AL KHANIF, The Jakarta Post
London | Wed, May 27, 2015 | 07:25 am

The Rohingya have long experienced state-sanctioned discrimination. Recently, they have been persecuted as a result of the influence of hate speeches by Buddhist monk Ashin Wirathu.

His speeches added fuel to communal conflicts in 2012 and 2013. Since then, many Rohingya people have fled Myanmar and become stateless.

Before an agreement between Malaysia and Indonesia to temporarily accommodate the latest batch of Rohingya refugees, most leaders in Southeast Asia earlier said that the Rohingya were not welcomed in their jurisdictions because they did not want to have a second wave of ‘boat people’ after the Vietnamese in the early 1970s.

The Myanmarese government, on the other hand, also believes that the Rohingya are not citizens and are therefore not its problem.

The Rohingya are not the only minority group experiencing persecution. The Chin Christians are another minority group with a similar experience. The Myanmarese government persecute the Chin and Rohingya to preserve the homogenous national culture and security.

In the Chin and Rohingya cases, religion in Myanmar is still used as a pretext to separate communities and to stir up distrust of those regarded as different. Even though Myanmar is not a theocratic state, dominant Buddhism influences state policies on the treatment of the Rohingya and Chin.

Even though the persecution of the Rohingya is motivated by religious hatred, the Rohingya should be defined as a minority group in general rather than a religious minority.

Minorities should benefit from affirmative action and greater protection.

The category of religious minority may equally be regarded as an ethnic and/or a linguistic minority. For instance, it is not clear whether European Jews are a religious or an ethnic minority, or incorporate elements of both.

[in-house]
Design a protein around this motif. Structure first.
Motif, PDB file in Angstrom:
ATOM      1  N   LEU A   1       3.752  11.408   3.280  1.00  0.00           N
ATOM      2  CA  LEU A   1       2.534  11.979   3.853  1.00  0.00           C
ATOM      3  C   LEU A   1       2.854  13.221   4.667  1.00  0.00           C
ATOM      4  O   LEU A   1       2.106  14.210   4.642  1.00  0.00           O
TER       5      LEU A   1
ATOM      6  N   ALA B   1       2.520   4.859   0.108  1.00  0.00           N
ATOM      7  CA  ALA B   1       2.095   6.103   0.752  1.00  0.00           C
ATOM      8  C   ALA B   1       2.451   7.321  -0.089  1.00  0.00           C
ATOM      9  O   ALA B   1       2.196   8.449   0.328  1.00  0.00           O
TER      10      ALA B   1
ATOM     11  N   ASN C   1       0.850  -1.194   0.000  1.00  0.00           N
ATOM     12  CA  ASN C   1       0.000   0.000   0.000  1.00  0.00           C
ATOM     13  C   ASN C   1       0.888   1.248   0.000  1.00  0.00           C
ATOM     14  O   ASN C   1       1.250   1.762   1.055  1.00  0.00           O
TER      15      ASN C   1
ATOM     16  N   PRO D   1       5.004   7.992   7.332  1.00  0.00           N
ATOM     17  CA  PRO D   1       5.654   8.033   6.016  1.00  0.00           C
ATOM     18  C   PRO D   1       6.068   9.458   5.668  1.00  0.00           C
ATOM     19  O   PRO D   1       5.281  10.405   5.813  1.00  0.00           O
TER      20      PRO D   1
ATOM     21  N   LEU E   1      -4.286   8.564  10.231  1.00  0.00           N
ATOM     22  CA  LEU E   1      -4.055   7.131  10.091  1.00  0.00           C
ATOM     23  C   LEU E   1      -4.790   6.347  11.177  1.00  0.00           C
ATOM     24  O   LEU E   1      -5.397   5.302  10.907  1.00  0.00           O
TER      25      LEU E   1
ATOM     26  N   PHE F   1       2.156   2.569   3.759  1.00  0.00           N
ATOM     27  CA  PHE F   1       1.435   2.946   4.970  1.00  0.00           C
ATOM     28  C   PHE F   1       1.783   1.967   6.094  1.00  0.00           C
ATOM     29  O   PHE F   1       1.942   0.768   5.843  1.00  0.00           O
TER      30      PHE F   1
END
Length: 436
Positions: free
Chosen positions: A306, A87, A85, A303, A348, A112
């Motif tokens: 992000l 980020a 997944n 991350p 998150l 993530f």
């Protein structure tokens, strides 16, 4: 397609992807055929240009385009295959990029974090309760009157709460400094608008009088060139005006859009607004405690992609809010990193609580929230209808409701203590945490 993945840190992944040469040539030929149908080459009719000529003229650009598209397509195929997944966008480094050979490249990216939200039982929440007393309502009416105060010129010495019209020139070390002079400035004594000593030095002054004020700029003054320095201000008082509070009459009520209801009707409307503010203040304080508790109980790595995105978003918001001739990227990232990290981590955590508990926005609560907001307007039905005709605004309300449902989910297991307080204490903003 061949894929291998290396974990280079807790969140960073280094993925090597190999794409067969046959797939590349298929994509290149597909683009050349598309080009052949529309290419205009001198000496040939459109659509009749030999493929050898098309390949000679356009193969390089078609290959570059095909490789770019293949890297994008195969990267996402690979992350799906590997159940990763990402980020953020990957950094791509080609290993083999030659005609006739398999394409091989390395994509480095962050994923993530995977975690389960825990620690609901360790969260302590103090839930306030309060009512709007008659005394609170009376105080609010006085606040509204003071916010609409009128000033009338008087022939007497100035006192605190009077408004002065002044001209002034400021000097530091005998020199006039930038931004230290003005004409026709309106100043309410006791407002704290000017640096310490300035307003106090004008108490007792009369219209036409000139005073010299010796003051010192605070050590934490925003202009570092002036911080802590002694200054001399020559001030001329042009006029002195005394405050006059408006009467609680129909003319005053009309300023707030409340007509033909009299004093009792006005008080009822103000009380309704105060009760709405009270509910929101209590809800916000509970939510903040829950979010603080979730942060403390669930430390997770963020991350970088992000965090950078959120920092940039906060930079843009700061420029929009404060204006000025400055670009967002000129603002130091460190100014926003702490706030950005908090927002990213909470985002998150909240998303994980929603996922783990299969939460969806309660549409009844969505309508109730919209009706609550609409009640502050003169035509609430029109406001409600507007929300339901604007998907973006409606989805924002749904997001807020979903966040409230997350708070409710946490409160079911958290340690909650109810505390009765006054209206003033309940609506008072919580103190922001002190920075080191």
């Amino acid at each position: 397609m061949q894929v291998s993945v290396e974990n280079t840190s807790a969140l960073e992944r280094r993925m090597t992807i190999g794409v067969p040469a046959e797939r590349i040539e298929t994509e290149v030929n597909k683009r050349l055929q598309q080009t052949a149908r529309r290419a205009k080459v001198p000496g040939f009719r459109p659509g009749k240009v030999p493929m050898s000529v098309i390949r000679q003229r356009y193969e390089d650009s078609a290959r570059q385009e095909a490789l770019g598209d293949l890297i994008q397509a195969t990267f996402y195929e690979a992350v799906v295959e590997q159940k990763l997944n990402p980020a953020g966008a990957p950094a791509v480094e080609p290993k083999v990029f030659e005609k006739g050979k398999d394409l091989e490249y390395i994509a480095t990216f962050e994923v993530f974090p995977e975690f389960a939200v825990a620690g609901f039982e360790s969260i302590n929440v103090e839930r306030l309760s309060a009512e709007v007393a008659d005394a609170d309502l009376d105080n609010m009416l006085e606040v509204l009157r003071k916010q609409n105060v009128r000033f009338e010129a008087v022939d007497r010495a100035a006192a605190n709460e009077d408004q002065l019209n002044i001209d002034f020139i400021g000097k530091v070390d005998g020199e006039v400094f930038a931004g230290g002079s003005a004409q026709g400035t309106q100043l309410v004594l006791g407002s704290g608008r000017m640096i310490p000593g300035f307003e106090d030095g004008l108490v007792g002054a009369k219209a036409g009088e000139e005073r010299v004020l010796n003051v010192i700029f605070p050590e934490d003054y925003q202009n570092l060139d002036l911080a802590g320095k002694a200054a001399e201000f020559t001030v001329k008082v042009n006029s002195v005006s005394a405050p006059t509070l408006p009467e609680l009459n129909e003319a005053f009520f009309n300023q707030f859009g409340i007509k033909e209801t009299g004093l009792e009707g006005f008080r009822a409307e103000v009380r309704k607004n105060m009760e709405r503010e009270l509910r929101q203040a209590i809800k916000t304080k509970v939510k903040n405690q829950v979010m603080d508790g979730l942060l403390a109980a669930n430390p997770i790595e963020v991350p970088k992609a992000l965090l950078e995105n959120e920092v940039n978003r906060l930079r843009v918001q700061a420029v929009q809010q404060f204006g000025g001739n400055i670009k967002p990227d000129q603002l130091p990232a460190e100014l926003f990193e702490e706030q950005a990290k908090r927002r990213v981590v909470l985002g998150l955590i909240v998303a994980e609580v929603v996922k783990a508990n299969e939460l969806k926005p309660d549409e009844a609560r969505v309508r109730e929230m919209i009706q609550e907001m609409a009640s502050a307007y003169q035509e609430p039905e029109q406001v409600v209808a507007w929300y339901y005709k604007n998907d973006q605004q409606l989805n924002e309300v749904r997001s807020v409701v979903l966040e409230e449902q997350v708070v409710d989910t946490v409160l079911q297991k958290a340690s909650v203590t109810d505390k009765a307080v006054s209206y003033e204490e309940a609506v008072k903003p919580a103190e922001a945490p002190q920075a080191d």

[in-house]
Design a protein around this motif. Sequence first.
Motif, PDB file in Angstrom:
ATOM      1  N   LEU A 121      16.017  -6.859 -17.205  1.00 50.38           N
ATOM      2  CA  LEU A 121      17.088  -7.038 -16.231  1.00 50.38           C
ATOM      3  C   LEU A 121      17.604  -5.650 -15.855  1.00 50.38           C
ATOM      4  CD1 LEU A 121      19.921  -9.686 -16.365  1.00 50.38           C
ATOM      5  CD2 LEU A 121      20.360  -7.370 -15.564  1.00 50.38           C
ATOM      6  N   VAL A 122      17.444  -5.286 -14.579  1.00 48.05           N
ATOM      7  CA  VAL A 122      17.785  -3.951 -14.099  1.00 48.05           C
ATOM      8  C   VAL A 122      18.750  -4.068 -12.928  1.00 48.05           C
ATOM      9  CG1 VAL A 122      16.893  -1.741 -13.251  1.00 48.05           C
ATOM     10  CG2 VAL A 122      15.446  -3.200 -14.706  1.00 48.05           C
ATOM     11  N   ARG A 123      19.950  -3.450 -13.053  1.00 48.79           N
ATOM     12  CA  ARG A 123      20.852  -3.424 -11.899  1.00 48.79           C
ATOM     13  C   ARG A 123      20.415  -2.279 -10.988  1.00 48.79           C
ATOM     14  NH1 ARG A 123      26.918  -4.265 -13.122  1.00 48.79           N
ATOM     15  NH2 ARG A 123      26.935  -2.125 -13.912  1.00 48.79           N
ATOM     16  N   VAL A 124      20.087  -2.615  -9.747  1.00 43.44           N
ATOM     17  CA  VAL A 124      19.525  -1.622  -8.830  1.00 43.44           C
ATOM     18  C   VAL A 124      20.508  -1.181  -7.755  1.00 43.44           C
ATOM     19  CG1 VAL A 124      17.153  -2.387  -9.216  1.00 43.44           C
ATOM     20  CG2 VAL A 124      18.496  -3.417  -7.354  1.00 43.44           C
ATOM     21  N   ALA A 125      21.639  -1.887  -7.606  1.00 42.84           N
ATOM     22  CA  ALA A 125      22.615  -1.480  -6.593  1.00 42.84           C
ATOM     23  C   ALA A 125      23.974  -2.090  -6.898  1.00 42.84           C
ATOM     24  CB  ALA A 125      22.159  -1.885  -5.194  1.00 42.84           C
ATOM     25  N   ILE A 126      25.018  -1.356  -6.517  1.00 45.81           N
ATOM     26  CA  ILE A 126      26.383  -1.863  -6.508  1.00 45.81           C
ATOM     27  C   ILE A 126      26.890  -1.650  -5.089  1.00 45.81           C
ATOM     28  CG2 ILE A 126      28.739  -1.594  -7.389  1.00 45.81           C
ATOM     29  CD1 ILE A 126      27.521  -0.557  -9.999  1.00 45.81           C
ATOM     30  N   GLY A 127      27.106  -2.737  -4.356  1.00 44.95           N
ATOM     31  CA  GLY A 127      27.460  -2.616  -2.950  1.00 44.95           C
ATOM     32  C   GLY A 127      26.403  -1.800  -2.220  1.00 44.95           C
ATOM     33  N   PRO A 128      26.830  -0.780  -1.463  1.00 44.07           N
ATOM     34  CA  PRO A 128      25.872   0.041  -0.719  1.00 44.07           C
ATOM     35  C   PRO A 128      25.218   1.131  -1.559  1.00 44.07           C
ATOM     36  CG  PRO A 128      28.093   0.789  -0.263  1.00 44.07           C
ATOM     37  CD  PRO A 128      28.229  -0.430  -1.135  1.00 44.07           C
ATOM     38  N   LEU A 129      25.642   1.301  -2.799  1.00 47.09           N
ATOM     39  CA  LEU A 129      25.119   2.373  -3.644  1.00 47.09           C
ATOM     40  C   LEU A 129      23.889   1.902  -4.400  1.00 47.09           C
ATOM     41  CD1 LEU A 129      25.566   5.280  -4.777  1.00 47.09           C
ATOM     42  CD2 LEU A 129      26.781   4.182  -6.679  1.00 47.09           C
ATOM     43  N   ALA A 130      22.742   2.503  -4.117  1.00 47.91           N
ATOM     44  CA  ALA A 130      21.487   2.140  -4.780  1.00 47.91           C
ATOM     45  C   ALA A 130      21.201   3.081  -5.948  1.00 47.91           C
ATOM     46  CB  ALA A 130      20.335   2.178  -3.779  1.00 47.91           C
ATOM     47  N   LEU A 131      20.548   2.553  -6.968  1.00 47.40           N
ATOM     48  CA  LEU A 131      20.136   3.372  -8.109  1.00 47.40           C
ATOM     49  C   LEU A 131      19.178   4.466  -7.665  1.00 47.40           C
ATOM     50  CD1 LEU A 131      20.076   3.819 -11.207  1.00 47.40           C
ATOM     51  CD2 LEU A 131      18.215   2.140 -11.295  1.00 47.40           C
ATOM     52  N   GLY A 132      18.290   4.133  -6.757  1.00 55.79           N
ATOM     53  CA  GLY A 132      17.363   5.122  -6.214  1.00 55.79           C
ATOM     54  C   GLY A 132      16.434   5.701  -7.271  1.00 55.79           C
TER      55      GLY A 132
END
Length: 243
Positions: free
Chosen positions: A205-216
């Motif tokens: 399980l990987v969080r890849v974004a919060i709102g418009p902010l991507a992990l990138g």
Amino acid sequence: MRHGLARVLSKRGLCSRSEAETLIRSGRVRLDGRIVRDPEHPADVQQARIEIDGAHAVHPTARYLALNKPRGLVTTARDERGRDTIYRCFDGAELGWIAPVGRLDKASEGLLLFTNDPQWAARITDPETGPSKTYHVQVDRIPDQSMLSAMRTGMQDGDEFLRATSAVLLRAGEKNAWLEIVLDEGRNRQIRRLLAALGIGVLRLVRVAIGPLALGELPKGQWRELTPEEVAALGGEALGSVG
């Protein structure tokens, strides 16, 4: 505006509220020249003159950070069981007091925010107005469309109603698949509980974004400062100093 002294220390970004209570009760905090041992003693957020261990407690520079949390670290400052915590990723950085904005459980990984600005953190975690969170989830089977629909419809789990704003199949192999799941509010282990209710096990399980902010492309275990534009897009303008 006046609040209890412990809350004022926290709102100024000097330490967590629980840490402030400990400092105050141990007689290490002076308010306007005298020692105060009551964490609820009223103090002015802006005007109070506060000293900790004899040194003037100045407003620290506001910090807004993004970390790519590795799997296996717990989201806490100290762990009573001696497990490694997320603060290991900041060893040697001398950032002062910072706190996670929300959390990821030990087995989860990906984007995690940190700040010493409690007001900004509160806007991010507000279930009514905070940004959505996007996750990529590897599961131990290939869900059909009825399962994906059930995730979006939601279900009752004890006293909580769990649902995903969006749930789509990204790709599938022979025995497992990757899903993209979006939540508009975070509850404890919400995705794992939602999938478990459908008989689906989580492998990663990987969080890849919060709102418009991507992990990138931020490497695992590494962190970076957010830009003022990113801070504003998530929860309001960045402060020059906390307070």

Thus one criterion for identifying minority status is the existence of objective characteristics that distinguish the group from the rest of the population within a particular state, such as the distinctive characteristics of ethnicity, language and religion.

Thus, a minority is a group numerically inferior to the rest of the population of a state, in a non-dominant position. Therefore, minorities should benefit from special measures such as affirmative action and greater protection.

Yet some states argue that the affirmative action to protect minorities could disrupt sociopolitical stability if the majority challenged the special protection given to minorities.

In India, religious minority generally refers to those who are not Hindu. Hindu fundamentalists such as the Rashtriya Swayanmsevak Sang have accused Christian missionaries, who are most active in poor rural and tribal areas, of preying on the most susceptible in society ‘ buying their souls with education, medical aid and economic assistance.

Some Buddhist monks affiliated to Sinhala Buddhism in Sri Lanka similarly restrict Muslims from selling halal food, accuse them of dominating business and of trying to take over the country.

Jehovah’s Witnesses congregations in Russia have been deemed a threat to society and local governments often simply forbid Muslims from even trying to register as adherents to a religion or to join a religious organization.

In Israel, a volatile mix of politics and religion also forced the passing of the basic law declaring that Israel is the national home of the Jewish people and does not recognize it as a national homeland of any other people.

Even though Israel claims to be a democratic state, this law potentially discriminates against the practice of other religions and the rights of non-Jews to have basic rights, such as the right to housing, work and education.

The political influence of Zionism in Israel has also created the largest number of refugee minorities in modern history when Palestinians were displaced from their homeland and were also unwelcomed by many Arab countries.

Therefore, minorities have become a global phenomenon even since the establishment of the UN and the enactment of international human rights instruments.

Even though many states have become party to human rights instruments that protect minorities, there is no nation, including democratic ones, that could be said to have a perfect record on minorities.

The writer studies at the School of Oriental and African Studies at the University of London and is writing a PhD dissertation on Protecting religious minorities within Islam in Indonesia: A challenge for international human rights law and Islamic law.

Source: The Jakarta Post

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